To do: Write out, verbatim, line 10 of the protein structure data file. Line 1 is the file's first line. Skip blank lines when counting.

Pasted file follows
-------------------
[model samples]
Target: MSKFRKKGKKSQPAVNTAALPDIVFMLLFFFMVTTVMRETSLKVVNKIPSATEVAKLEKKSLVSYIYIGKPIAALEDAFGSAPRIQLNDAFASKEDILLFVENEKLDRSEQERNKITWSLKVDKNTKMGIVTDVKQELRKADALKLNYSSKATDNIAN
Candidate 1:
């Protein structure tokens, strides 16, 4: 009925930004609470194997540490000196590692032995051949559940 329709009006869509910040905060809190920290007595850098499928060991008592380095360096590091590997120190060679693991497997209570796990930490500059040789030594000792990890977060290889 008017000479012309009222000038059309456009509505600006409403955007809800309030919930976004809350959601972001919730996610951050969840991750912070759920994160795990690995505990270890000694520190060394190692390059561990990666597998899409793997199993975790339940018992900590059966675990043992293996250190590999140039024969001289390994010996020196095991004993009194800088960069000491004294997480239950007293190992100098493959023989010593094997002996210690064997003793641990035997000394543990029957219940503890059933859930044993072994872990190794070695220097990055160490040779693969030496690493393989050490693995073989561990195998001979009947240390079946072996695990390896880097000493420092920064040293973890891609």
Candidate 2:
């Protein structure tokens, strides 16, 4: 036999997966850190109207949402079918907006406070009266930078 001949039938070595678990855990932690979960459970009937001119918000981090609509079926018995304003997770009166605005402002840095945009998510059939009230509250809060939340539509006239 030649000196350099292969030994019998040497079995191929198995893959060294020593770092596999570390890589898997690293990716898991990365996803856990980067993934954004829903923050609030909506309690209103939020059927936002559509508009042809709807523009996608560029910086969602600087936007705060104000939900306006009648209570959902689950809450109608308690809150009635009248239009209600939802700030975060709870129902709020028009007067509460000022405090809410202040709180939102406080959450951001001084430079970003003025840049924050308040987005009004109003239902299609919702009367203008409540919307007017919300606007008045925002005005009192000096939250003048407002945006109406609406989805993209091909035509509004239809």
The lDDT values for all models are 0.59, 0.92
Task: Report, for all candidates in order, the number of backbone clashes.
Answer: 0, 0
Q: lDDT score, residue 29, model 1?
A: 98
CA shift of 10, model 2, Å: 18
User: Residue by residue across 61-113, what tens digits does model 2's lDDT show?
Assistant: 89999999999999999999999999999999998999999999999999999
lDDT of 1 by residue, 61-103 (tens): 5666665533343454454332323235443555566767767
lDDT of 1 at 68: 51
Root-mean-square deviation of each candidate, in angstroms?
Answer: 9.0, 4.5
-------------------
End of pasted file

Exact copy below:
Q: lDDT score, residue 29, model 1?